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Unpatched PowerPoint flaw spawns Trojan attacks

Clear and presentation danger

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Microsoft has confirmed that hackers are using an unpatched flaw in PowerPoint to assault vulnerable systems.

The attacks rely on tricking prospective marks into opening a maliciously crafted PowerPoint file, either hosted on a website or sent via email. In both scenarios users would have to open a booby-trapped PowerPoint designed to exploit the vulnerability.

In a statement published on Thursday, Microsoft said it was "aware only of limited and targeted attacks that attempt to use this vulnerability".

However, net security firm McAfee said it has "discovered multiple attacks in the field using the PowerPoint exploit" to install Trojans onto vulnerable systems. Hackers have crafted these exploits in an attempt to disguise malign actions, it adds.

"Some of these specially crafted exploits arrived as PowerPoint Showfiles with the '.pps' extension," McAfee reports. "Such files typically open in full screen mode and hide the applications running on the desktop, such as system monitoring tools that could give any clue to the dodgy installation of Trojans to the victim."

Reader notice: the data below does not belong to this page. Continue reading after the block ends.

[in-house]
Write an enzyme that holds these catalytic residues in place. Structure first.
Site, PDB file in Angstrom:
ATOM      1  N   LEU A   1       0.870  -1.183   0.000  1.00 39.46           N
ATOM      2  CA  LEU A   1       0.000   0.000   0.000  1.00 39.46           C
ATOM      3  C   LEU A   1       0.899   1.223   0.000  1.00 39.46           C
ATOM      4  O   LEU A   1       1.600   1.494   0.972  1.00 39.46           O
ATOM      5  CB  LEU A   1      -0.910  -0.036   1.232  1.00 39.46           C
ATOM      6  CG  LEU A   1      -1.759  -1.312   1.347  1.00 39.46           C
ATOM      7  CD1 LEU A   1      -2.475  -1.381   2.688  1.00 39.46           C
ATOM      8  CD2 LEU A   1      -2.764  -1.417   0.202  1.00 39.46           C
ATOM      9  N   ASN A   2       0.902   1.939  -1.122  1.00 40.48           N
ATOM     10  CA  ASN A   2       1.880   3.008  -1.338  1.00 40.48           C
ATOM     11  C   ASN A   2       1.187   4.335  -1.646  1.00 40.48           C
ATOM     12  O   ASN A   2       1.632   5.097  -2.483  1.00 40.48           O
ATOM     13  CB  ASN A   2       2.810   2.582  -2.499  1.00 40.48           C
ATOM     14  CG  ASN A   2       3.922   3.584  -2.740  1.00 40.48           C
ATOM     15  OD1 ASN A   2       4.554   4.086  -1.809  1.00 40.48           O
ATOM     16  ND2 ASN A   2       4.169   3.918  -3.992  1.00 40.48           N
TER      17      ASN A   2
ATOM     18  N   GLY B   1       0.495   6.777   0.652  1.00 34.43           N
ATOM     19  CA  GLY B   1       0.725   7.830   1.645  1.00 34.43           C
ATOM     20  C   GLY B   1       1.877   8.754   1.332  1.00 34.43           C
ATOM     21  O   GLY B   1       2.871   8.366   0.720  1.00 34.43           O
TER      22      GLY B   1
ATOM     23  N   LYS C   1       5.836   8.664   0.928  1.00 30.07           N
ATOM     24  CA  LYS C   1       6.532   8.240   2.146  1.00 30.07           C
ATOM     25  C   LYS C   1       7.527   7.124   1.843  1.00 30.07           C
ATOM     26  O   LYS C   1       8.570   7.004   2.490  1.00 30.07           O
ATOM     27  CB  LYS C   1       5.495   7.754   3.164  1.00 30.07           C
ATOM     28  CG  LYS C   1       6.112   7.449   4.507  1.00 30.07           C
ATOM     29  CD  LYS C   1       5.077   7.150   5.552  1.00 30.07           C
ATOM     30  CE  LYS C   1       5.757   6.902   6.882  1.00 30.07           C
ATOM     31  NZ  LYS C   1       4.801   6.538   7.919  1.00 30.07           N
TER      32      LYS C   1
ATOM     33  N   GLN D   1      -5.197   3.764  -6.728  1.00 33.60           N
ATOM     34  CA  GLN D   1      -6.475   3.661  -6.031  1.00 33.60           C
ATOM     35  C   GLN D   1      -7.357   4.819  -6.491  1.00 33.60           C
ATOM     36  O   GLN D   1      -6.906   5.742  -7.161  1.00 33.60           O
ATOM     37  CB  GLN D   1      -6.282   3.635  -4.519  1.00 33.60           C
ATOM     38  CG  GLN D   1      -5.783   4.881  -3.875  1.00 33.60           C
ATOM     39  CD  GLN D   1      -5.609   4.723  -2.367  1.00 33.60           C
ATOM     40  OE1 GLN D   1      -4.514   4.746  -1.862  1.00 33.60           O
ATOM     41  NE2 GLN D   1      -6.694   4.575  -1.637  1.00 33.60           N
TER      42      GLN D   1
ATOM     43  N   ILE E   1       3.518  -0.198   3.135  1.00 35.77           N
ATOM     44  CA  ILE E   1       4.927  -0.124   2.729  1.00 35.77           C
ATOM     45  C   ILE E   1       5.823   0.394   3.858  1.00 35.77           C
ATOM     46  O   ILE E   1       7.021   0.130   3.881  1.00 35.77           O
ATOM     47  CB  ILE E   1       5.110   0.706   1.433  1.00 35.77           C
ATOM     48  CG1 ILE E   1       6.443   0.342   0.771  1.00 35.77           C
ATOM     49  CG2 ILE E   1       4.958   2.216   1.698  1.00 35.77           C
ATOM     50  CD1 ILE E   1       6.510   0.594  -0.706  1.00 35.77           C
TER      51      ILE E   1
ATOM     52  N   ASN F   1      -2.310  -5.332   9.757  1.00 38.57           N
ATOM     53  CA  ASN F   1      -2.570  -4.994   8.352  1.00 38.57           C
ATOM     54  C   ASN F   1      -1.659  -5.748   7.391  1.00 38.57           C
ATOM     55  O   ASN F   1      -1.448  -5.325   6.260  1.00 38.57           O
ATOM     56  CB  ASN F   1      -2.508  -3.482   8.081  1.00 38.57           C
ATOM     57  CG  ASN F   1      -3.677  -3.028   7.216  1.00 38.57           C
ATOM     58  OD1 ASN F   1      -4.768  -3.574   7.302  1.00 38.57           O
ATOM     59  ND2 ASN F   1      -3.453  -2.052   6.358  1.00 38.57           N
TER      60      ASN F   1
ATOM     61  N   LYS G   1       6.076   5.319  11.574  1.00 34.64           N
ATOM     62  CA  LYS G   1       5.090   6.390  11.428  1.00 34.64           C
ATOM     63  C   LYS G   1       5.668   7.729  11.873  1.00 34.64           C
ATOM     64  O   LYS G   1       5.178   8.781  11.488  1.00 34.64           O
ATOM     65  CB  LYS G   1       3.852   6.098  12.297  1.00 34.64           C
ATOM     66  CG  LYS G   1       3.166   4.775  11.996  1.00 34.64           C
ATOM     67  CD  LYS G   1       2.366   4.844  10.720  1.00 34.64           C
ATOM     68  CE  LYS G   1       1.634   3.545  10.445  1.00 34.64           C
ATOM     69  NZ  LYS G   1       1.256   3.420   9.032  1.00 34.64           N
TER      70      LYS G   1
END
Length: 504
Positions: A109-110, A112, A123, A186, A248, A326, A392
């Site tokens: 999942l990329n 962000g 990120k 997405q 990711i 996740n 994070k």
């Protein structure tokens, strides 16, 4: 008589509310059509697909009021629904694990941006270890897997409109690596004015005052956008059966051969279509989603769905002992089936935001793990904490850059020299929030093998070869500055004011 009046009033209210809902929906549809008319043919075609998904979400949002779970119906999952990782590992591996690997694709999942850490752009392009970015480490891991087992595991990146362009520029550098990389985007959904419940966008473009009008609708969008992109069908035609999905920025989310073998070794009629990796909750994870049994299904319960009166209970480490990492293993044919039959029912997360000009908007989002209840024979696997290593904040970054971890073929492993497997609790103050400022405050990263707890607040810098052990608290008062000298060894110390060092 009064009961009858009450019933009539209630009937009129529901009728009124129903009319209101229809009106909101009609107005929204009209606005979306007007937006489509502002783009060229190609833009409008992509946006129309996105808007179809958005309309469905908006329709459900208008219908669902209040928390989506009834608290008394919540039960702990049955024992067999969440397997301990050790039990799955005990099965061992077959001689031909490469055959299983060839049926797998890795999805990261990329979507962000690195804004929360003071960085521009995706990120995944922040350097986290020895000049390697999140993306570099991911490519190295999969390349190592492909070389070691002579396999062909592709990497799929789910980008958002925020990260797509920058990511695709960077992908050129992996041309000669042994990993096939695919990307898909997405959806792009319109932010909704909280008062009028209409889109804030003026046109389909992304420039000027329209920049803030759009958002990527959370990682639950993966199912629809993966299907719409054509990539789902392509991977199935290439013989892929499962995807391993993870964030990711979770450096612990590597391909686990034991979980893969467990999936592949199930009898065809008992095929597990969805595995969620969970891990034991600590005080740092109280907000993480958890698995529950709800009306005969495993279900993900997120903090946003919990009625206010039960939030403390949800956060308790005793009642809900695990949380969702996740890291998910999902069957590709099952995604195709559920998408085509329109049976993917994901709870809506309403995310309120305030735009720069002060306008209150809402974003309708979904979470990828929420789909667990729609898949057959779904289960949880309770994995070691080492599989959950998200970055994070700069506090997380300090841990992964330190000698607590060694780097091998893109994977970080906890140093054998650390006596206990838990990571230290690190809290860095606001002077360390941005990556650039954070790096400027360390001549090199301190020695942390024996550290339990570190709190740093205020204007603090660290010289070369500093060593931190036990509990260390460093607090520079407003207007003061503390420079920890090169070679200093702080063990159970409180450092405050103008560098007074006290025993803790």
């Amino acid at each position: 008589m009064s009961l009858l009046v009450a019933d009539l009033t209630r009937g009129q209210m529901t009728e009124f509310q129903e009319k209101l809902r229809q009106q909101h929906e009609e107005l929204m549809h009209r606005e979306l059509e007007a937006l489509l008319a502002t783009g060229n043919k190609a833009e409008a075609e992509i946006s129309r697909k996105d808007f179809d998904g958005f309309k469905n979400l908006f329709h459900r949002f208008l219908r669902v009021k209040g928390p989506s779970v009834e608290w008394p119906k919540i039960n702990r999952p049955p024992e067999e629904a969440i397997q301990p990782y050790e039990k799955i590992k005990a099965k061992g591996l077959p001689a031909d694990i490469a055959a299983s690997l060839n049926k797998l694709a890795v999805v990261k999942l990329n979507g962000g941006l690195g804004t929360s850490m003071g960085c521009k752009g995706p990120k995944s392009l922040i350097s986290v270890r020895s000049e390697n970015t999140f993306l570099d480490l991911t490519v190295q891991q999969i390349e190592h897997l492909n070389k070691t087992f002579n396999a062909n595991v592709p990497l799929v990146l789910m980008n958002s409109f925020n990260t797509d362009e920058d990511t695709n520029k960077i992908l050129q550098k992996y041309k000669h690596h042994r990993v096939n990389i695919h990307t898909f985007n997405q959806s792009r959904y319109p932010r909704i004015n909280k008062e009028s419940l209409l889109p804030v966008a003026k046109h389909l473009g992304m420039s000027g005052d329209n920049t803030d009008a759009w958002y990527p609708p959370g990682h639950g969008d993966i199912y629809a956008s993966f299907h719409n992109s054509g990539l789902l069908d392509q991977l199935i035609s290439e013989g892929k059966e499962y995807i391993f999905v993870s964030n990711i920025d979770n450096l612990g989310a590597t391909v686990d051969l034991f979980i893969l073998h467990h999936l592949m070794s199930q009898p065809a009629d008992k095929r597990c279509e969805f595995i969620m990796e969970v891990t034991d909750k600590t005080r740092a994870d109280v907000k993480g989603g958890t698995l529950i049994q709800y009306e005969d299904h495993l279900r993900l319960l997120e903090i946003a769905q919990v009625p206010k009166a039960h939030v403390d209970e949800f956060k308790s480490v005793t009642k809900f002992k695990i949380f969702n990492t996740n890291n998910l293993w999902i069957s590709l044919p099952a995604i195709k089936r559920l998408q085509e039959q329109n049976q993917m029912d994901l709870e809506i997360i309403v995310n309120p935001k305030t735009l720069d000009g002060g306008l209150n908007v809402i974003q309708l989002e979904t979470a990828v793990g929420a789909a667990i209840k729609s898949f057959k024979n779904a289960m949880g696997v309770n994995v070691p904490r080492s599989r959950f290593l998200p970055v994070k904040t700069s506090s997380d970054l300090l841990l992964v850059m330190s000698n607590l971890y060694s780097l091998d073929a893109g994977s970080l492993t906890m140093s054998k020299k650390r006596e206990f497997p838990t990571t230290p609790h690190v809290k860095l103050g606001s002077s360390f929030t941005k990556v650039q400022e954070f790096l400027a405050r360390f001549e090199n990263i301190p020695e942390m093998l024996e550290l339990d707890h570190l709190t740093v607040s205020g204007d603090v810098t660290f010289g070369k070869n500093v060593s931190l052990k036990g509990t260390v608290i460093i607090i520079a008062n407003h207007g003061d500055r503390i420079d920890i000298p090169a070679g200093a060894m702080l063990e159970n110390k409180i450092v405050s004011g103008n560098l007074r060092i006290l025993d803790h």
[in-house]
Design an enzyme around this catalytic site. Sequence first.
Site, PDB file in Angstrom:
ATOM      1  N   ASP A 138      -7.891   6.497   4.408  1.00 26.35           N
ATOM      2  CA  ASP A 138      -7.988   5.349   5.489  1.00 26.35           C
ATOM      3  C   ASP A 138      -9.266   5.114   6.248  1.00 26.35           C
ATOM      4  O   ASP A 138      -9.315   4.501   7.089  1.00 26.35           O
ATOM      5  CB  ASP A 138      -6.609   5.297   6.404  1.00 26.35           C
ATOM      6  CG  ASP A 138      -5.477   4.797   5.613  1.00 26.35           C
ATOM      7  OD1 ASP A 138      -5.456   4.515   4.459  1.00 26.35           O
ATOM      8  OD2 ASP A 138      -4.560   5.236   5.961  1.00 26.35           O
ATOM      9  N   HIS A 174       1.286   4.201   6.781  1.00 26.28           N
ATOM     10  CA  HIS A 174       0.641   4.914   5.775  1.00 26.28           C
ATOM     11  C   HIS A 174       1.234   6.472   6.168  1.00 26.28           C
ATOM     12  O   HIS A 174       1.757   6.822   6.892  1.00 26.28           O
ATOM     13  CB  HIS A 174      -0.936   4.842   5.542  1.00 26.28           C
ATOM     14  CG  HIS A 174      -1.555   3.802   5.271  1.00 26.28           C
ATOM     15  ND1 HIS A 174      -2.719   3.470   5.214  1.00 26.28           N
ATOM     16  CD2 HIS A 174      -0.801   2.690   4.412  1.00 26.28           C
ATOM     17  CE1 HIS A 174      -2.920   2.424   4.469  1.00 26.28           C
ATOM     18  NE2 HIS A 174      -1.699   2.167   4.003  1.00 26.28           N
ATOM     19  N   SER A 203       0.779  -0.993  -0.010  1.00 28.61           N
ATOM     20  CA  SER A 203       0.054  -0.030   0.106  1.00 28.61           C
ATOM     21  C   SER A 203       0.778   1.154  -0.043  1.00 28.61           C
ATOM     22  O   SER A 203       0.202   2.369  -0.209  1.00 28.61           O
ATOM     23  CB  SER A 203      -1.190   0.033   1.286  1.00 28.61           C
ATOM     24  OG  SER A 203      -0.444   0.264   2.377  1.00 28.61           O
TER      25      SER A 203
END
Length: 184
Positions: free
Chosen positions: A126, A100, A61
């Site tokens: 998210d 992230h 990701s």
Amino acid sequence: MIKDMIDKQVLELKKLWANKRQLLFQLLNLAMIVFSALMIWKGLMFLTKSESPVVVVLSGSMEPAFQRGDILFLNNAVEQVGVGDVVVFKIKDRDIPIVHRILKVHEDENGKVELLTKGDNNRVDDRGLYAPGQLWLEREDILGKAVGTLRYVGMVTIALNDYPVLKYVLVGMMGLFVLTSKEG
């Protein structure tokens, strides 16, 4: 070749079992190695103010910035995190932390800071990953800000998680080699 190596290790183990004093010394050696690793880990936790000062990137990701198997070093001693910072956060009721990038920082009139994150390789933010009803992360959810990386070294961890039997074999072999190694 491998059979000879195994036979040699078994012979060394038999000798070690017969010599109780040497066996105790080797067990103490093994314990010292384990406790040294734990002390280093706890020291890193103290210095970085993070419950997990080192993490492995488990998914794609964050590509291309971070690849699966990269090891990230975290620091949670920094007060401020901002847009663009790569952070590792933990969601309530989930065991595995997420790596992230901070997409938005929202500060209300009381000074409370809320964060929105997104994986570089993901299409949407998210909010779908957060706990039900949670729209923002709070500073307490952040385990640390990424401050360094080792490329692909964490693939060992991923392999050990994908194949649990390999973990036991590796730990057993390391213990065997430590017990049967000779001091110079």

Affected software packages include fully patched versions of Microsoft Office PowerPoint 2000, PowerPoint 2002, PowerPoint 2003 and Microsoft Office 2004 for Mac. Other versions including Microsoft Office PowerPoint 2007 and Microsoft Office 2008 for Mac are in the clear.

Microsoft said it was investigating the problem, something that normally results in a patch. The next scheduled Patch Tuesday falls on 14 April, but the necessary update may or may not be ready in time. Microsoft has to find time to develop and test a patch, the particular technical difficulty of which remains unclear and perhaps unknowable outside Redmond.

Microsoft, reasonably enough, routinely holds back details of flaws until patches become available.

An unpatched Excel flaw, which is also the subject of targeted attacks since late February, failed to appear in Microsoft's March patch batch. On other occasions Microsoft has released out-of-band fixes days after a flaw was first exploited.

If we were running bets on security patch availability, then a May fix for both might be the most likely outcome, but this is pure guesswork on our part. The idea that attacks are not hugely widespread is not particularly comforting, because targeted Trojan attacks against government and big business have been a huge problem for at least three or four years. Unpatched Office vulnerabilities are often the weapon of choice in this sort of malfeasance. ®

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